I was fortunate that, during the Viet Nam era, when I got out of Navy boot camp I was sent straight to the Pentagon. I already had a B.S. degree in Mathematics with training in computer science, and there were few with that skill-set back in 1969.
While in the Pentagon, I worked for the Office of the Secretary of Defense. My most significant programming responsibility was to code a communist land movement model written by a Captain in the Air Force. The Captain and I worked together well as I had the math skills to read all his work, and could run all the needed scenarios.
I only had to serve two years active duty, coming out of boot camp as E-2 and leaving as E-4. The Navy requires two additional years of reserve duty, so when I started graduate school I joined a reserve unit. Quickly, I was promoted to E-5 and found the extra money useful while going to school. I can’t remember the details any longer, but I was offered a direct commission in the field of security because of my math background, and became an Ensign. A couple years later, I was promoted to Lieutenant Junior Grade. However, shortly after that, because of budget cuts, the government decided to pay officers only half-pay for attending reserve meetings. In 1977, I finished my Ph.D. and got a good paying job, so I dropped out of the reserves.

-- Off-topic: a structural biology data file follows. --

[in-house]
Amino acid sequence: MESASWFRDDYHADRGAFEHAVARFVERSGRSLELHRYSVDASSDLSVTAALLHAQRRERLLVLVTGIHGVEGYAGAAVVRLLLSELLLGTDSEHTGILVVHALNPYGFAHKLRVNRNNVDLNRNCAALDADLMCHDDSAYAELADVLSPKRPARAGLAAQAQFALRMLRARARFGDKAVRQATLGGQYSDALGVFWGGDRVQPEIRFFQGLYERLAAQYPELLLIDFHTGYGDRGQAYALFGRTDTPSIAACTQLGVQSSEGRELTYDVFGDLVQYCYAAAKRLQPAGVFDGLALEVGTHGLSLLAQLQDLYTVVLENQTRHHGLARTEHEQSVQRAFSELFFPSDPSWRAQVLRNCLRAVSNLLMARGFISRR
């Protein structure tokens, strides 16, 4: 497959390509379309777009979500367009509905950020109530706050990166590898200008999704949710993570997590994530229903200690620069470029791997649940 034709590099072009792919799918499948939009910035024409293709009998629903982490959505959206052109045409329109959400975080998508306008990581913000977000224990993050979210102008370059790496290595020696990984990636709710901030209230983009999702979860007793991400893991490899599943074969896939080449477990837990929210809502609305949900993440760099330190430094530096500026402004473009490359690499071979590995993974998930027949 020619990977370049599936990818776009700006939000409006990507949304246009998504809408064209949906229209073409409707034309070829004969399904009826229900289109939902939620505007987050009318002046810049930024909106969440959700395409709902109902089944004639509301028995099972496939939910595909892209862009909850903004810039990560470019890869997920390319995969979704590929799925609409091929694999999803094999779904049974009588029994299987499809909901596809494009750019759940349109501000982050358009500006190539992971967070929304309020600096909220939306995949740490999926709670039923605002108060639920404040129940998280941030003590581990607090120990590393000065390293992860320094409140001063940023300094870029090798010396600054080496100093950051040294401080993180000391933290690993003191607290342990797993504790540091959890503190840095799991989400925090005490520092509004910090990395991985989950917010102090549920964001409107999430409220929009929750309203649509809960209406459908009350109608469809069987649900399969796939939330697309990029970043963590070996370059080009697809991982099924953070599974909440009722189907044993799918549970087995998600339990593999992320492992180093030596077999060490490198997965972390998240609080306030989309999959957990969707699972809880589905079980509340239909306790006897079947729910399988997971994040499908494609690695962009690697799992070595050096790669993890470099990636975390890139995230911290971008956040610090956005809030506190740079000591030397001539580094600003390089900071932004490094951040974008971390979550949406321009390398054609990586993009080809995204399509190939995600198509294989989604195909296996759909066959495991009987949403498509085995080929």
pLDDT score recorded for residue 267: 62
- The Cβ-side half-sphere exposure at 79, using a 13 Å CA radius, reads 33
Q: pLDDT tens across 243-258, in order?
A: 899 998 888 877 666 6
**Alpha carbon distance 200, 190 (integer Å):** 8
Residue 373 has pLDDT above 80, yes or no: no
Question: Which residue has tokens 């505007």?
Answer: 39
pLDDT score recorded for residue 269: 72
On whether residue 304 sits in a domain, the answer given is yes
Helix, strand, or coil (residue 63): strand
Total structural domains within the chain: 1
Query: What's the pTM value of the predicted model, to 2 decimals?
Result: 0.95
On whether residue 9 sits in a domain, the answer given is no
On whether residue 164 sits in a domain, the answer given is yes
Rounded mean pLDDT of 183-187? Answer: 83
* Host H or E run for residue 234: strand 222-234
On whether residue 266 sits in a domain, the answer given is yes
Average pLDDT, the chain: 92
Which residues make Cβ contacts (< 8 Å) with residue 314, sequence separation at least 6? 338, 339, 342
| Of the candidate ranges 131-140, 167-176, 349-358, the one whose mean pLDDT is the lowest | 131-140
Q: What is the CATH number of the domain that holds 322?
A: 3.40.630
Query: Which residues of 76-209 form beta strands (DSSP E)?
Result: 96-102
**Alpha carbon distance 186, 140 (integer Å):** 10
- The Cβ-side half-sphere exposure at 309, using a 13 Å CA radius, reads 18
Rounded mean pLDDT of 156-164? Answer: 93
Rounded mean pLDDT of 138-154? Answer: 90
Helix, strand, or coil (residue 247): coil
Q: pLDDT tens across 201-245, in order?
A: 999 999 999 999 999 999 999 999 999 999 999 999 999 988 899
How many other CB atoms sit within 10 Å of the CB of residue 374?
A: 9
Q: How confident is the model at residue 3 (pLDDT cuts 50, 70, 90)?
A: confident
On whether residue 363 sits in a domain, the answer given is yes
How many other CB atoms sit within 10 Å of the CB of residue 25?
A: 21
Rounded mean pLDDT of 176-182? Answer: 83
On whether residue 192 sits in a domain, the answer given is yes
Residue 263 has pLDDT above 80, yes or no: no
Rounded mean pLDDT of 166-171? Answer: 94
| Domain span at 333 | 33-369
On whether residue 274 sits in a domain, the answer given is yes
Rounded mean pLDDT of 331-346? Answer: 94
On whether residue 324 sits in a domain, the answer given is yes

Everyone seems to have so much respect for veterans these days, as it should be. This is so much different than the Viet Nam era. Of course, today is Memorial Day, a day to memorialize those who lost their lives serving our country. I was fortunate when I was in the service getting a job where I could contribute to saving the lives of Americans. How lucky I was compared to so many others who were sent off to Viet Nam and never returned.
Today we honor those fallen who were not so fortunate but I also want to close by thanking two great scout friends who spent their career in the military, Jim Shannon and Pete Armstrong.